Oftentimes, expats are preoccupied with business meetings, administrational issues and spending time with their family and expat friends. It is not always easy to set some time aside to settle in your neighborhood and really arrive in your host country.
Some of you may be in it for a few months or a year only. Others, however, may indeed have planned to spend many years abroad or maybe even the rest of their lives. If that is the case, then getting ready for an indefinite stay abroad is especially important.
During the first weeks in your new home, you will probably not have much time to explore your new environment. You will be too busy making yourself at home in your new apartment and starting your new job. But, at some point, you will have time for a breather, and you’ll realize that you actually do not know your own neighborhood that well.
When Luciana (28) from Porto had finally settled into her new life in Toronto, she took some time to wander around her neighborhood without going anywhere in particular. “I just strolled through Forest Hill and came across some tiny shops I’d always walked right past before,” she says.
On her walks she also came across what later became her favorite coffee shop. When she comes home from her work as a computer graphic artist, she enjoys spending her evenings there. “They make the best organic spiced latte,” she says with a big smile and then she adds “If you are open to new things and pay close attention, you’ll feel at home in no time.”
To know the culture of your host country means to immerse yourself in it. No matter what corner of the earth you end up in, there will be a lot to discover about the history, social customs, national holidays, festivities and traditions of your host country.
Some of your non-expat friends may even invite you to a festival or a holiday dinner. This depends on how formal or close personal relationships are in your host culture. It is also a perfect opportunity, of course, to find out how people celebrate in your host country. The casual and relaxed atmosphere of a party among friends will help you to break down the barriers between different nationalities.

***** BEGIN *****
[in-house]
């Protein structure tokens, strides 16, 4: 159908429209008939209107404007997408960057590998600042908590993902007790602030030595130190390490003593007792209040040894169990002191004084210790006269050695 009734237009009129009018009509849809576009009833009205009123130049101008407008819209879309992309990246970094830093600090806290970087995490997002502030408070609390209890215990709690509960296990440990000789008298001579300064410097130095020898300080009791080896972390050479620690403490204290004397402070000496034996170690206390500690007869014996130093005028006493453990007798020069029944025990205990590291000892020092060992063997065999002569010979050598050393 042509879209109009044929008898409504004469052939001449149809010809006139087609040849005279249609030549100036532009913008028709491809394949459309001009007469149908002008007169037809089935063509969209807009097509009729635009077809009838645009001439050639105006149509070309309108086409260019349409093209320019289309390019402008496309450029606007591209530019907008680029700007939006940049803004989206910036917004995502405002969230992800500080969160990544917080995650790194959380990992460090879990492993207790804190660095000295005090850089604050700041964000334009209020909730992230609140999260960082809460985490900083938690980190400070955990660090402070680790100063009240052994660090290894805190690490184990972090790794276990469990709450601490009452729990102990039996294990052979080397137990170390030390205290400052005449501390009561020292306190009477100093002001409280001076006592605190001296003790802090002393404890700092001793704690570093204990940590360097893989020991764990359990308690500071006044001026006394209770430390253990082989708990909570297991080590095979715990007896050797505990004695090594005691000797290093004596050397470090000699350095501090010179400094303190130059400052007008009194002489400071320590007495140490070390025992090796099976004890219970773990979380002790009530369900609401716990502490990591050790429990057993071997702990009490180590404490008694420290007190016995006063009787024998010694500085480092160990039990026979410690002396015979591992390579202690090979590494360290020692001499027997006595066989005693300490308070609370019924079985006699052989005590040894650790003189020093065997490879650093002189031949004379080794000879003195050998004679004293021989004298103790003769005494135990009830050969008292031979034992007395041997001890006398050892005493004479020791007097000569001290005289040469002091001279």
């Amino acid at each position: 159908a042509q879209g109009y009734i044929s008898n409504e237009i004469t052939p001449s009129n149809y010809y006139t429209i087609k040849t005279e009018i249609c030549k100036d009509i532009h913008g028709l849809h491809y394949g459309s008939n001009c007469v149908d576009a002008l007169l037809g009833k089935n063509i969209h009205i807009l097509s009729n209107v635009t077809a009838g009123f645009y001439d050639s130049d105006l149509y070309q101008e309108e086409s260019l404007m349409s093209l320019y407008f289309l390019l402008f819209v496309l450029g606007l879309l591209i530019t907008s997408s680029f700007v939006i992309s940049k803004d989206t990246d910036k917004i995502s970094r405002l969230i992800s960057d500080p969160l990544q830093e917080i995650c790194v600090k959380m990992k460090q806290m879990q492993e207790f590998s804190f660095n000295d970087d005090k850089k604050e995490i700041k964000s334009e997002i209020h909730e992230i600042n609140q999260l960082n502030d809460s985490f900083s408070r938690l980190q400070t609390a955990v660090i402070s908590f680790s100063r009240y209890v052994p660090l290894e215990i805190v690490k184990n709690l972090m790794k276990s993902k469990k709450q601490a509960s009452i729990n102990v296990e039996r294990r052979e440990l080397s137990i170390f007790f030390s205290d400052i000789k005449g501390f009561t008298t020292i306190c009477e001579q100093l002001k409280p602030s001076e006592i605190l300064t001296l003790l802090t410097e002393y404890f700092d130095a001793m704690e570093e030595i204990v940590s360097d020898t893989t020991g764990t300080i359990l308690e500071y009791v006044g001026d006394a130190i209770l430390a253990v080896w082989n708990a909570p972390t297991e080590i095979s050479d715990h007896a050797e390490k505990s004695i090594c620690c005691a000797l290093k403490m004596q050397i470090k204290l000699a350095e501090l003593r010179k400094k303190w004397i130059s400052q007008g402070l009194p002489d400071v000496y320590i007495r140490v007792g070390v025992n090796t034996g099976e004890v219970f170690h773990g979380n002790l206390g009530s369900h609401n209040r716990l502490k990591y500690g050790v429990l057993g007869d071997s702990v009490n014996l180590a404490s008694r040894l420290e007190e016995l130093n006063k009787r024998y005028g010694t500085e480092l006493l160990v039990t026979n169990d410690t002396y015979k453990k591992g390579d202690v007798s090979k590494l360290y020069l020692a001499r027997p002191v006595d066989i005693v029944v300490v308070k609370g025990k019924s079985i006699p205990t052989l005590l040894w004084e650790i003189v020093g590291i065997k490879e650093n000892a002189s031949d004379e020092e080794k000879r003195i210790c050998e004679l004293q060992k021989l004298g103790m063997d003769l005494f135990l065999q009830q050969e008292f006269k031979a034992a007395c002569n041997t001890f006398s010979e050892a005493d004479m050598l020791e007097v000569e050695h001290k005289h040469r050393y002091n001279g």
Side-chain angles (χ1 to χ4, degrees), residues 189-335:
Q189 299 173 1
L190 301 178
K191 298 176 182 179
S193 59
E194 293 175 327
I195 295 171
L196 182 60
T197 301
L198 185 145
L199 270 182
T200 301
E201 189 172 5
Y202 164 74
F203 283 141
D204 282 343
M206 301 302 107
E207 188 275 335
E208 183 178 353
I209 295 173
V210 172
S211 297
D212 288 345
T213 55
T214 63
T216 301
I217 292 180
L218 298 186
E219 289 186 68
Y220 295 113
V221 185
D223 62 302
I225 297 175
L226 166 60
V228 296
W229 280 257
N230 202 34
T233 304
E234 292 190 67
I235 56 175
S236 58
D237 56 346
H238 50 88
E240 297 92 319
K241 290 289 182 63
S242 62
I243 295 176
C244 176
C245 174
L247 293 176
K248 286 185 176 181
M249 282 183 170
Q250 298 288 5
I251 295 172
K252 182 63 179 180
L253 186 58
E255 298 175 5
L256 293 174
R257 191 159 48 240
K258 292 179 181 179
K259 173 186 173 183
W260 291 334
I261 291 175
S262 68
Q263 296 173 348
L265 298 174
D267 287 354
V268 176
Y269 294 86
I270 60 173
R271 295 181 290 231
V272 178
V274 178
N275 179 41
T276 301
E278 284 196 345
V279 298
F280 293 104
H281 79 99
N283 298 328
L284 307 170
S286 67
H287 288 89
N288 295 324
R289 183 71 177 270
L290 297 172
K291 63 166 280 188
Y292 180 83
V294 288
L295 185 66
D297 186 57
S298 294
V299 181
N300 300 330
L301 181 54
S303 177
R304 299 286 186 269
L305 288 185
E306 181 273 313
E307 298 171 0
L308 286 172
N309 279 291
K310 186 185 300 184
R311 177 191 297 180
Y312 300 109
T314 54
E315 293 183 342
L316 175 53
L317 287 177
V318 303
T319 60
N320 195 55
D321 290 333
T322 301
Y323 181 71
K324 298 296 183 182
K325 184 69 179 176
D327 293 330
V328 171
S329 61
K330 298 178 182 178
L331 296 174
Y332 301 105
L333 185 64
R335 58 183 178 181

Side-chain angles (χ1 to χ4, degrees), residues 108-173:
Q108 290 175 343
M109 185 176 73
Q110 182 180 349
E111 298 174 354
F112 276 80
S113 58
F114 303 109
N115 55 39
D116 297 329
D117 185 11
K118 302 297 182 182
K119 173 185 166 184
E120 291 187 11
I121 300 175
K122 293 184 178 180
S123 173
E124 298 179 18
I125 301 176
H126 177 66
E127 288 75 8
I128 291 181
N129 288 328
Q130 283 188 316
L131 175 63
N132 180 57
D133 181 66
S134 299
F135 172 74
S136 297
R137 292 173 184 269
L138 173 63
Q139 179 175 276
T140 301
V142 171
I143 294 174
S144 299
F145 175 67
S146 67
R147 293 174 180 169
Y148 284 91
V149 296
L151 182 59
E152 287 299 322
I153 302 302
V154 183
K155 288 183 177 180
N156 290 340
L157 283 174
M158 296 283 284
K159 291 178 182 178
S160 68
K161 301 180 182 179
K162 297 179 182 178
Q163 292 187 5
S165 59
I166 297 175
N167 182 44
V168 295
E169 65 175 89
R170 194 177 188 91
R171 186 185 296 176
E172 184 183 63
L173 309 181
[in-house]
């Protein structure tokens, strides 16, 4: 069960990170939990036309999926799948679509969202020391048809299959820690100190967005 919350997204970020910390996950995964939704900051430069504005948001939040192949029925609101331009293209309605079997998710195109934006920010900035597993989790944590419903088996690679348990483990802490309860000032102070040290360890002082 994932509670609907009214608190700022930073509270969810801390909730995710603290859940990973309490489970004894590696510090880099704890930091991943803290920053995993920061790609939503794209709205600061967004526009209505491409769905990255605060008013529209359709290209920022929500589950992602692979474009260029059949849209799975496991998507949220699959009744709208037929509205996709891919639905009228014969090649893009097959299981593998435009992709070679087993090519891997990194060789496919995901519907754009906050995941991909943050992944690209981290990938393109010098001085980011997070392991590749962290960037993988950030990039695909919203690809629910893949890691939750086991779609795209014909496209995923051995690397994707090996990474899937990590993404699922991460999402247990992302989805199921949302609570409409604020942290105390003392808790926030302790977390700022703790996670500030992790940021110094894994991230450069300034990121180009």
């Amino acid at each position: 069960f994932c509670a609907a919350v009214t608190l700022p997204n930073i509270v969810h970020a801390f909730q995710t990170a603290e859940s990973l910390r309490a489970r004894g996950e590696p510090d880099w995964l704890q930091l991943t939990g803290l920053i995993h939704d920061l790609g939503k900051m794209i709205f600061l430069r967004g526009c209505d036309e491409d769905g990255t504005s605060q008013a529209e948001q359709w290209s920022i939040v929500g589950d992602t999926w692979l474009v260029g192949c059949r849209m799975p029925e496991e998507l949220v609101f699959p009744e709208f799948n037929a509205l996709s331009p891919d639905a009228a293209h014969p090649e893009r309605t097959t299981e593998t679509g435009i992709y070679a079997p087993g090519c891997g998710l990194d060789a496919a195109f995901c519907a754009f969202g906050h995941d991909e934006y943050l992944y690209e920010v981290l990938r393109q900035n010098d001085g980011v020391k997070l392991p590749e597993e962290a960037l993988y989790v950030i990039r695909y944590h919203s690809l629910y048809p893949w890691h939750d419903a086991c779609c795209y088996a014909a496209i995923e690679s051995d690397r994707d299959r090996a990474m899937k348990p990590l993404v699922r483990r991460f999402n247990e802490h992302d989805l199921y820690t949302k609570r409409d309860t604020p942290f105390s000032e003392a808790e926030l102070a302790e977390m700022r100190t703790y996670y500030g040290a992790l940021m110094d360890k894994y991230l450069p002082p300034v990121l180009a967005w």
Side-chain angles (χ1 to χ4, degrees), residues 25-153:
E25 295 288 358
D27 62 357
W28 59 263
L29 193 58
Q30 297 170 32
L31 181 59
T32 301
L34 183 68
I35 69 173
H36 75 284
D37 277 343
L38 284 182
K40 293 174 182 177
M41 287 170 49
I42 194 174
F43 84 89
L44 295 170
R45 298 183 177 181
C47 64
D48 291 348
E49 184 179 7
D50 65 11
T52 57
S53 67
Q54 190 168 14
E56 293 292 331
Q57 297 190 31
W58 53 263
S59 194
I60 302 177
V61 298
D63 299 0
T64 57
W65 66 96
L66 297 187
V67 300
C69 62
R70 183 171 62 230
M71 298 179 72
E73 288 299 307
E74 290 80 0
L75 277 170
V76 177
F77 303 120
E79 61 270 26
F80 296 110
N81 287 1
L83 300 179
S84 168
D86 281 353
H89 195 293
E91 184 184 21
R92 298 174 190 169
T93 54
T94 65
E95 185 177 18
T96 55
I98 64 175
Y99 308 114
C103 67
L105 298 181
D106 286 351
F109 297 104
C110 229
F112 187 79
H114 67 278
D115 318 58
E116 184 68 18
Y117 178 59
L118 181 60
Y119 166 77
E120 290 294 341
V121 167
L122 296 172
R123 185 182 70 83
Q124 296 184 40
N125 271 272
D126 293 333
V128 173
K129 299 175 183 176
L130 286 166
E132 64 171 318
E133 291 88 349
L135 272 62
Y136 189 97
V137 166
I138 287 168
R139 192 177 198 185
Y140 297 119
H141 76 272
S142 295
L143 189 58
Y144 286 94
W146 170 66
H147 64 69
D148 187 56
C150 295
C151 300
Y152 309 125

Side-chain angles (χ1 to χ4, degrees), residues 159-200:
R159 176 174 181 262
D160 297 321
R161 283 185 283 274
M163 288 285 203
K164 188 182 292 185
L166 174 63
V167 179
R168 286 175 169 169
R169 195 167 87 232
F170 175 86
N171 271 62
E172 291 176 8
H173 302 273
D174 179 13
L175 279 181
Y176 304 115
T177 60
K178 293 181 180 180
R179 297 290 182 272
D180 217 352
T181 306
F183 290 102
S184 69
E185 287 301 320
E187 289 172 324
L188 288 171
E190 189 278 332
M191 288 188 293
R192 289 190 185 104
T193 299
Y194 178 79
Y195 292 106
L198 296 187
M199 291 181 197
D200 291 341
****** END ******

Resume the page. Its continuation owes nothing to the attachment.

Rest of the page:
Expats often feel like they are just “passing through”. Those who lead a busy expat life, working a few months here and half a year there, may find it particularly hard to really “arrive” anywhere and make themselves at home.
Majed (36) moved from Dubai to Berlin to be with his Dutch girlfriend Mareike, another expat living in Germany. In Berlin, he felt like he had finally found a place where he wanted to spend more than just six or twelve months.
So he and Mareike started to plan their life together. Majed found full-time employment as a systems analyst with a global data-mining company after a while. “They pay me quite well,” he says, visibly pleased, “so we’ll soon move into a great loft near Schloss Charlottenburg. We’re even thinking about starting a family here in Germany.”
Planning an indefinite stay like Majed and Mareike is an exciting step towards your future abroad. However, keep in mind that it can also involve having your work contract changed from an expat contract to a local one. With a change of fiscal residency and depending on where you live you may have to pay lower taxes, but you could also lose some of your benefits. If there is no social security agreement between your previous and your new home, you may lose out on social security and retirement benefits you’ve paid into in your old home country.
Losing your exclusive expat status can be a huge step towards assimilation if you don’t want to go back any time soon. However, actively planning for that future is then all the more important. Pension planning in particular is something you should tackle quickly if you haven’t already done so. You will need to think about your options on how to best finance your life after work. Check out our articles on international savings and pension planning for expatriates to learn what some of those options are.